I was tempted into Caffe Concerto as I wandered down Northumberland Avenue, towards Trafalgar Square and Charing Cross station, and spotted the amazing cake display in the window. I walked in to find a very snazzy looking restaurant, which had the feel of a vintage and luxurious French eatery. It looked expensive (and it kind of was for what it was) but it looked worth it.
I’d decided on my order before I’d even looked at the menu. I’d clocked the chocolate gateau as I passed the cake stand and happily it was delivered to my table relatively quick. Often things that look that good don’t live up to expectations but thankfully this one did. It was full of chocolatey goodness. Sadly my hot chocolate wasn’t nearly as good (it took a while to come and wasn’t particularly chocolatey) but the cake made up for it. Next time I’ll just have the gateau, and maybe the lobster and spaghetti that the table next to me was eating. It smelled insanely good. I’m not much of a seafood person but I’m not sure I have ever craved anything more.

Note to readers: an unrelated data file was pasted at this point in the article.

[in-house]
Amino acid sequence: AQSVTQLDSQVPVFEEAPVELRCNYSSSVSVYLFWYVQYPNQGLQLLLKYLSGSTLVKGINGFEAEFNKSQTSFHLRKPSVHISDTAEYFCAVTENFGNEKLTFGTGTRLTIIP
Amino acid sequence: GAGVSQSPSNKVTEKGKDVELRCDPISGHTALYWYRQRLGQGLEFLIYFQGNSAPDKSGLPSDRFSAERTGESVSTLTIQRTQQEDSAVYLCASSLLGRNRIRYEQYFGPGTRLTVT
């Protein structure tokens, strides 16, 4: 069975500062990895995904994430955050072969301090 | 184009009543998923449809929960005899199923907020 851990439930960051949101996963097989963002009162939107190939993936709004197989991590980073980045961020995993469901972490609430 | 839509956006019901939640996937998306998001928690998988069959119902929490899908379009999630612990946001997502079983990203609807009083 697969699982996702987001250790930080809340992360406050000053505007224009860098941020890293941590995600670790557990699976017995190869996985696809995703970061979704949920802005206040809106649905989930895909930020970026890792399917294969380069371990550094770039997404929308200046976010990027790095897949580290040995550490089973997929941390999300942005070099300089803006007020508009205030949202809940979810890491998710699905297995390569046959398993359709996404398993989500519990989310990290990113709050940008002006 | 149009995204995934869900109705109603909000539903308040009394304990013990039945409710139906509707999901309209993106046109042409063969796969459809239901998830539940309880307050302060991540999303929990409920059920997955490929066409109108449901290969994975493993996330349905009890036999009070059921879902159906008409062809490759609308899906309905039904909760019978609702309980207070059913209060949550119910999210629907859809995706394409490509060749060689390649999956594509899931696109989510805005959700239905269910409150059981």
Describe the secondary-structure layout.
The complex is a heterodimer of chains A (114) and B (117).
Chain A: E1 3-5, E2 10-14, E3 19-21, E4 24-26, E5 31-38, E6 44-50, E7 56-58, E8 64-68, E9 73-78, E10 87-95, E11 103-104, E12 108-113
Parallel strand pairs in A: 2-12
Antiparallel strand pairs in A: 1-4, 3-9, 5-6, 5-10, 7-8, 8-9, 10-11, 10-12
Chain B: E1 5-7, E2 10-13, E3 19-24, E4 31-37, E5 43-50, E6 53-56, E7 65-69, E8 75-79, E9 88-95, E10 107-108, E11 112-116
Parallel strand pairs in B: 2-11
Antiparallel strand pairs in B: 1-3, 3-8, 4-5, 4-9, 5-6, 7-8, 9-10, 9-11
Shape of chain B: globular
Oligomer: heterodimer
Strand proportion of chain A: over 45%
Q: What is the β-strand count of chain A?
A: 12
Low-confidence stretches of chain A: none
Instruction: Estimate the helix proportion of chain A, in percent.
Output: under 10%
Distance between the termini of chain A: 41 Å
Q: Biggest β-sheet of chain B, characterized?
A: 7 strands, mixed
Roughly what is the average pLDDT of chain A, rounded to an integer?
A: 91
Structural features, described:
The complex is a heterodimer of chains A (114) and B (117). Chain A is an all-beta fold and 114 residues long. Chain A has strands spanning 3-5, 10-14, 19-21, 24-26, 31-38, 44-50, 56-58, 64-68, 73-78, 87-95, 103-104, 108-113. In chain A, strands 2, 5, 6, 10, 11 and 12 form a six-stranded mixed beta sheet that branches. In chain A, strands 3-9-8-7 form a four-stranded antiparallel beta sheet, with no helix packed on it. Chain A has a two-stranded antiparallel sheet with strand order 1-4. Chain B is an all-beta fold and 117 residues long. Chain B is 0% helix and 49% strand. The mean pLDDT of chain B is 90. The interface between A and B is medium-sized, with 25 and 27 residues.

4. Comptoir Gourmand
Where: Borough Market
Once you’ve filled up on a main course of duck confit burgers, salt beef sandwiches, potatoes covered in melted raclette cheese or one of the many other delicious options at Borough Market, Comptoir Gourmand – a stall hosted by a French patisserie – provides a chance for dessert. There are multiple options to satisfy your sugary cravings: big meringues and cookies, tarts and colourful macarons. I couldn’t pick just one thing so went for a white chocolate cookie (£2.00) and a salted caramel macaron (£1.10). The cookie was pretty good but the winner here was the macaron: crunchy on the outside, nice and creamy on the inside. I should have just got multiple of those.